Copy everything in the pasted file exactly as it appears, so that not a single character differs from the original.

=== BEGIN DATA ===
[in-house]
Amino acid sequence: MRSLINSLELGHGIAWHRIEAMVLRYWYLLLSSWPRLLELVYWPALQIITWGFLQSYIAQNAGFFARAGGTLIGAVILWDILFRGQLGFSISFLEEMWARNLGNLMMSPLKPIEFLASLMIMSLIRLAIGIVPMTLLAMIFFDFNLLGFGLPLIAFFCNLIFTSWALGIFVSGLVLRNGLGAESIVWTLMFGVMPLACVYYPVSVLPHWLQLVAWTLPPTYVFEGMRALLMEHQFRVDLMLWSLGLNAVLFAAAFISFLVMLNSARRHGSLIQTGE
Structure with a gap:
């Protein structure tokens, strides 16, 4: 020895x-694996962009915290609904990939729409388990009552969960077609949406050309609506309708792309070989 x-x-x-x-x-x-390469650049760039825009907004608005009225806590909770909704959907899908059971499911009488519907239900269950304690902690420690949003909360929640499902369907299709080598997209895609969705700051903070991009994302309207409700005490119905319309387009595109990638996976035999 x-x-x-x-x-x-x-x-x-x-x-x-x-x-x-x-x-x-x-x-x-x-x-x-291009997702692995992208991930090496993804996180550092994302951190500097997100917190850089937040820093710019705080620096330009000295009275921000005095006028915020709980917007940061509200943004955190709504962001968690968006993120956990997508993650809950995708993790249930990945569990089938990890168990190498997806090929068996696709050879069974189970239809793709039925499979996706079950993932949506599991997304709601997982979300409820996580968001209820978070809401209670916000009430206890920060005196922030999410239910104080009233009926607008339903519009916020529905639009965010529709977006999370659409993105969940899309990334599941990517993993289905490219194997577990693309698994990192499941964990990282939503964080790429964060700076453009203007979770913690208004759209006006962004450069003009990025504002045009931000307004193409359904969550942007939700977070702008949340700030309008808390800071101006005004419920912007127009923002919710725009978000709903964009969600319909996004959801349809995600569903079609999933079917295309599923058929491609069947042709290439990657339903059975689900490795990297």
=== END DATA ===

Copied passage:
[in-house]
Amino acid sequence: MRSLINSLELGHGIAWHRIEAMVLRYWYLLLSSWPRLLELVYWPALQIITWGFLQSYIAQNAGFFARAGGTLIGAVILWDILFRGQLGFSISFLEEMWARNLGNLMMSPLKPIEFLASLMIMSLIRLAIGIVPMTLLAMIFFDFNLLGFGLPLIAFFCNLIFTSWALGIFVSGLVLRNGLGAESIVWTLMFGVMPLACVYYPVSVLPHWLQLVAWTLPPTYVFEGMRALLMEHQFRVDLMLWSLGLNAVLFAAAFISFLVMLNSARRHGSLIQTGE
Structure with a gap:
């Protein structure tokens, strides 16, 4: 020895x-694996962009915290609904990939729409388990009552969960077609949406050309609506309708792309070989 x-x-x-x-x-x-390469650049760039825009907004608005009225806590909770909704959907899908059971499911009488519907239900269950304690902690420690949003909360929640499902369907299709080598997209895609969705700051903070991009994302309207409700005490119905319309387009595109990638996976035999 x-x-x-x-x-x-x-x-x-x-x-x-x-x-x-x-x-x-x-x-x-x-x-x-291009997702692995992208991930090496993804996180550092994302951190500097997100917190850089937040820093710019705080620096330009000295009275921000005095006028915020709980917007940061509200943004955190709504962001968690968006993120956990997508993650809950995708993790249930990945569990089938990890168990190498997806090929068996696709050879069974189970239809793709039925499979996706079950993932949506599991997304709601997982979300409820996580968001209820978070809401209670916000009430206890920060005196922030999410239910104080009233009926607008339903519009916020529905639009965010529709977006999370659409993105969940899309990334599941990517993993289905490219194997577990693309698994990192499941964990990282939503964080790429964060700076453009203007979770913690208004759209006006962004450069003009990025504002045009931000307004193409359904969550942007939700977070702008949340700030309008808390800071101006005004419920912007127009923002919710725009978000709903964009969600319909996004959801349809995600569903079609999933079917295309599923058929491609069947042709290439990657339903059975689900490795990297």